U.S.-China Relations: Policy IssuesCongressional Research Service
Contents
Overview of U.S.-China Relations..................................................................................................1
 
Obama Administration Policy Toward China..................................................................................3
 
U.S.-China Dialogues................................................................................................................4
 
Developments in U.S.-China Relations...........................................................................................5
 
Select Policy Issues..........................................................................................................................8
 
Security Issues...........................................................................................................................8
 
Chinese Military Modernization.........................................................................................8
 
Maritime Territorial and Exclusive Economic Zone (EEZ) Disputes...............................10
 
U.S. Strategic Rebalancing Toward the Asia-Pacific........................................................13
 
The U.S.-China Military-to-Military Relationship............................................................15
 
Cyber Espionage...............................................................................................................16
 
Curbing Iran’s Nuclear Program.......................................................................................17
 
Managing North Korea......................................................................................................18
 
Taiwan.....................................................................................................................................19
 
Cross-Strait Relations........................................................................................................22
 
U.S. Arms Sales to Taiwan................................................................................................23
 
Economic Issues......................................................................................................................24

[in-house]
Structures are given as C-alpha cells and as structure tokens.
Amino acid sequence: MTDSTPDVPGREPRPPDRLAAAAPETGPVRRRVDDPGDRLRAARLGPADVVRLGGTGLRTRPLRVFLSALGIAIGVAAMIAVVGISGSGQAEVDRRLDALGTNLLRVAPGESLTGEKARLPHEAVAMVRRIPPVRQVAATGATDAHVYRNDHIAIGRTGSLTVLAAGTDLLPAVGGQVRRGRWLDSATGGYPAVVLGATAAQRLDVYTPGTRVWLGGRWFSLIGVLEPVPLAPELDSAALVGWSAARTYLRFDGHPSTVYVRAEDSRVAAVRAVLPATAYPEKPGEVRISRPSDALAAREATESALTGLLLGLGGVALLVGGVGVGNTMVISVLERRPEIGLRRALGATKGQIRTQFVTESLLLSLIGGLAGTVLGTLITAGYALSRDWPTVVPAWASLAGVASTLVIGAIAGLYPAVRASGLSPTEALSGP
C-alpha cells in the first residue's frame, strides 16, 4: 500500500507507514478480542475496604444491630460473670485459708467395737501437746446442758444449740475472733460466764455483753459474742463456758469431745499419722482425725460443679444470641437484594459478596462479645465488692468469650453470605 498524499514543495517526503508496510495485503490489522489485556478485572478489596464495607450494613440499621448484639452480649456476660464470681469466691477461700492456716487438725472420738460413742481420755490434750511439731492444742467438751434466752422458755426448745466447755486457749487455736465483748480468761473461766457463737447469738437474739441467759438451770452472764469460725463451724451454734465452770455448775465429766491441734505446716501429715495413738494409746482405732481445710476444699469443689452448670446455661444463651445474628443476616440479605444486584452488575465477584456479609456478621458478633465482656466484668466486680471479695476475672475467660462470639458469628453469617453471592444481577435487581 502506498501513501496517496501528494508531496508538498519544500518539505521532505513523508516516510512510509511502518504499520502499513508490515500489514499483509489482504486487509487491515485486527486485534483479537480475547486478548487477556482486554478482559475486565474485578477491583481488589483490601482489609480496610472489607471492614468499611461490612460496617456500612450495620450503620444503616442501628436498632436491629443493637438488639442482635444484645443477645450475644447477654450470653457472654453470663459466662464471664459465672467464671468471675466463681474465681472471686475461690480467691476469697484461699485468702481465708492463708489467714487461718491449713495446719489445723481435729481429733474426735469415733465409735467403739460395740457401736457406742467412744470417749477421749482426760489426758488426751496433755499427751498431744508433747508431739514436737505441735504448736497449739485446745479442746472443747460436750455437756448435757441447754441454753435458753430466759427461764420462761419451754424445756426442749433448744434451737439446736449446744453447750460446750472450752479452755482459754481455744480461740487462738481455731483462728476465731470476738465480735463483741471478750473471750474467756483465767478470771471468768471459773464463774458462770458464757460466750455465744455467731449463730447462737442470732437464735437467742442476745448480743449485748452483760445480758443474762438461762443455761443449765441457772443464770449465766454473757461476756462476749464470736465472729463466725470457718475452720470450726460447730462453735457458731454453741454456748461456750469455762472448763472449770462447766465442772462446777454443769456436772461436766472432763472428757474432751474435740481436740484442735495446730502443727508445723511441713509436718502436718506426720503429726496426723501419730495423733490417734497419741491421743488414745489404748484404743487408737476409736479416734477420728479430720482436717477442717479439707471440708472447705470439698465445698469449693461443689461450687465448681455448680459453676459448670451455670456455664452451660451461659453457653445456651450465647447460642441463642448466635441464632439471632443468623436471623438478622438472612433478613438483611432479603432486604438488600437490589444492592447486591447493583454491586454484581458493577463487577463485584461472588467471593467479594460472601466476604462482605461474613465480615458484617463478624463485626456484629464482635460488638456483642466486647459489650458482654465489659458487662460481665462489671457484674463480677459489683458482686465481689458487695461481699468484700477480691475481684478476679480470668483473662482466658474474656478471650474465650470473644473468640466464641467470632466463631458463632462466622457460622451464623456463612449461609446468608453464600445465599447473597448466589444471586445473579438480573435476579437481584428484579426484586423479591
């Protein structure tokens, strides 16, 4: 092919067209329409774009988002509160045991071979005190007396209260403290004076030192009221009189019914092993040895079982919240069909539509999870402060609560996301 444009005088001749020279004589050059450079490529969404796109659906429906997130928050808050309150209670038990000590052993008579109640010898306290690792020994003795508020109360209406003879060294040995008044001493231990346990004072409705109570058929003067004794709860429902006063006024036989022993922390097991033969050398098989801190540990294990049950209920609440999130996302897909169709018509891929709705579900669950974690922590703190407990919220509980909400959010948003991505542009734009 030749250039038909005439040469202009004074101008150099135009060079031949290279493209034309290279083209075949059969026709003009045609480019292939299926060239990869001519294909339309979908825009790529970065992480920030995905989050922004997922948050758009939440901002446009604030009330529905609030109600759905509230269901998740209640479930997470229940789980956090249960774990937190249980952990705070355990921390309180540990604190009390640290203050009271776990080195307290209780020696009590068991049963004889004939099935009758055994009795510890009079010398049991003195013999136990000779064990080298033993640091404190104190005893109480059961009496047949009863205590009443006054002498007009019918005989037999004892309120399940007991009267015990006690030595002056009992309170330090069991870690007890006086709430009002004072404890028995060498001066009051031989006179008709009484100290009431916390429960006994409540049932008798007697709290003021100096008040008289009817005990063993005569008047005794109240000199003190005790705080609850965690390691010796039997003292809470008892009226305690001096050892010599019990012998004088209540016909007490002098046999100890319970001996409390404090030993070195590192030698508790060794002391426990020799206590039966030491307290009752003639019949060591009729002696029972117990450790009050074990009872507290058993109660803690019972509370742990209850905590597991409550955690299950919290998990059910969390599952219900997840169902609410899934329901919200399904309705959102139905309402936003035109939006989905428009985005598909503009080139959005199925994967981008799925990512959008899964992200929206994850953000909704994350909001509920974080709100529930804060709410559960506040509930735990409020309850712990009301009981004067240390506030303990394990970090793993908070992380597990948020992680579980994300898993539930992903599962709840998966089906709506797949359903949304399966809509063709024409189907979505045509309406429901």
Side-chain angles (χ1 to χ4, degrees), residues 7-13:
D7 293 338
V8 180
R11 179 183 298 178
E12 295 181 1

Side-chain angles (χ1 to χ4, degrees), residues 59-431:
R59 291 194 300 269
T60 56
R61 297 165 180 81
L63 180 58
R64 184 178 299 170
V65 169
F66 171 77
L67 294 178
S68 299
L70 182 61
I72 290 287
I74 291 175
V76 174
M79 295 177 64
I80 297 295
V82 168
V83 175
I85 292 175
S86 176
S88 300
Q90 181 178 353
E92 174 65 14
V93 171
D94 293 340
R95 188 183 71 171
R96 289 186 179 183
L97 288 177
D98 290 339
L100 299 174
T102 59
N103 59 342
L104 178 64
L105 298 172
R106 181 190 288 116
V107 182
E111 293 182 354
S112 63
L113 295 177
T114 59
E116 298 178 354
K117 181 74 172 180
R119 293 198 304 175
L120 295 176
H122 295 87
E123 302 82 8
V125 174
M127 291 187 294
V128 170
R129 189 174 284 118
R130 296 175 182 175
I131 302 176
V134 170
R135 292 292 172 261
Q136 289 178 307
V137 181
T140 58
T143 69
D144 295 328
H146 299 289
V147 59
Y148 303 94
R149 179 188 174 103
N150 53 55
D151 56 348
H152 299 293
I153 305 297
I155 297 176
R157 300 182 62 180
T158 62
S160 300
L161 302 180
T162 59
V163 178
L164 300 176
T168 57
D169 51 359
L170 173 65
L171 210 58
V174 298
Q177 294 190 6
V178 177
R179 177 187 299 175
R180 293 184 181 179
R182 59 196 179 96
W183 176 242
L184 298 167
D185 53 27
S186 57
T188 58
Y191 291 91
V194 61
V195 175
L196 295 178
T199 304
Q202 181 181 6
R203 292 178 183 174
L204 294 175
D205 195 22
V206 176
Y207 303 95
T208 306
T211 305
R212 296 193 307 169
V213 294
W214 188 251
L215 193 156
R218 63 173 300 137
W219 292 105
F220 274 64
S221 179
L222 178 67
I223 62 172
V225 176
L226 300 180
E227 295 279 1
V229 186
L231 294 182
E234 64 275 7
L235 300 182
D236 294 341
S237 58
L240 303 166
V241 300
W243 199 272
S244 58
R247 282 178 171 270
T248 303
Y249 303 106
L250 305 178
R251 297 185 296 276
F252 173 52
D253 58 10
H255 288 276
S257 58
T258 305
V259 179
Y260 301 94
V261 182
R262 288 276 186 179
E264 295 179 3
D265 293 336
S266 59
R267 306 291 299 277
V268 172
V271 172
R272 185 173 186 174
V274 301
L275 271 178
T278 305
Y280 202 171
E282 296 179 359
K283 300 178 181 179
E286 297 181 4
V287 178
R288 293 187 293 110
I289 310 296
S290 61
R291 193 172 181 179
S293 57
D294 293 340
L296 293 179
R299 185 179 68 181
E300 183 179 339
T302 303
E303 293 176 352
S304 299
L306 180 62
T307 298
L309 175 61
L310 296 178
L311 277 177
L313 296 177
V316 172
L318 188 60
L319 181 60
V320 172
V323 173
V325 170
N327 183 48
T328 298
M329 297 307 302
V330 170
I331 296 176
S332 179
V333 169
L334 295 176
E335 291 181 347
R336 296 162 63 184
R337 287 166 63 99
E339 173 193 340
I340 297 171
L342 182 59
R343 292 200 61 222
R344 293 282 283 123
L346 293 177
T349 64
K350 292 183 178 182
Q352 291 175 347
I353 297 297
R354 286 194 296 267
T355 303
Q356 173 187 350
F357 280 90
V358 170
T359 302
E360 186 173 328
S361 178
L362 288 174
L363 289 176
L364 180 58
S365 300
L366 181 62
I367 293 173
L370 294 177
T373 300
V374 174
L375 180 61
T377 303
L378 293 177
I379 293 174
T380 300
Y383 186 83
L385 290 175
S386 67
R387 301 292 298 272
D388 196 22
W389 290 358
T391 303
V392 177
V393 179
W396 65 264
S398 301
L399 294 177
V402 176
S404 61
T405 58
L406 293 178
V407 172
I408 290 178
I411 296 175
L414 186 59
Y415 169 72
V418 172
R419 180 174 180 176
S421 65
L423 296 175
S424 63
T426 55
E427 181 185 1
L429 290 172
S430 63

Global Rebalancing and China’s 12
th
Five-Year Plan.......................................................25
 
The Bilateral Trade Deficit................................................................................................27
 
China’s “Indigenous Innovation” Policies........................................................................28
 
China’s Enforcement of Intellectual Property Rights (IPR)..............................................28
 
China’s Currency Policy....................................................................................................29
 
China’s Holdings of U.S. Treasuries.................................................................................30
 
China’s Compliance with World Trade Organization (WTO) Commitments...................30
 
Climate Change and Clean Energy Cooperation.....................................................................32
 
Human Rights Issues...............................................................................................................35
 
The 2011 State Department Human Rights Report on China............................................36
 
U.S.-China Dialogues on Human Rights...........................................................................36
 
U.S. Assistance to China...................................................................................................37
 
Political Prisoners..............................................................................................................39
 
Treatment of Tibetans........................................................................................................40
 
Treatment of Uighurs........................................................................................................41
 
Tables
Table 1. U.S. Goods Trade with China over Time.........................................................................27
 
Contacts
Author Contact Information...........................................................................................................42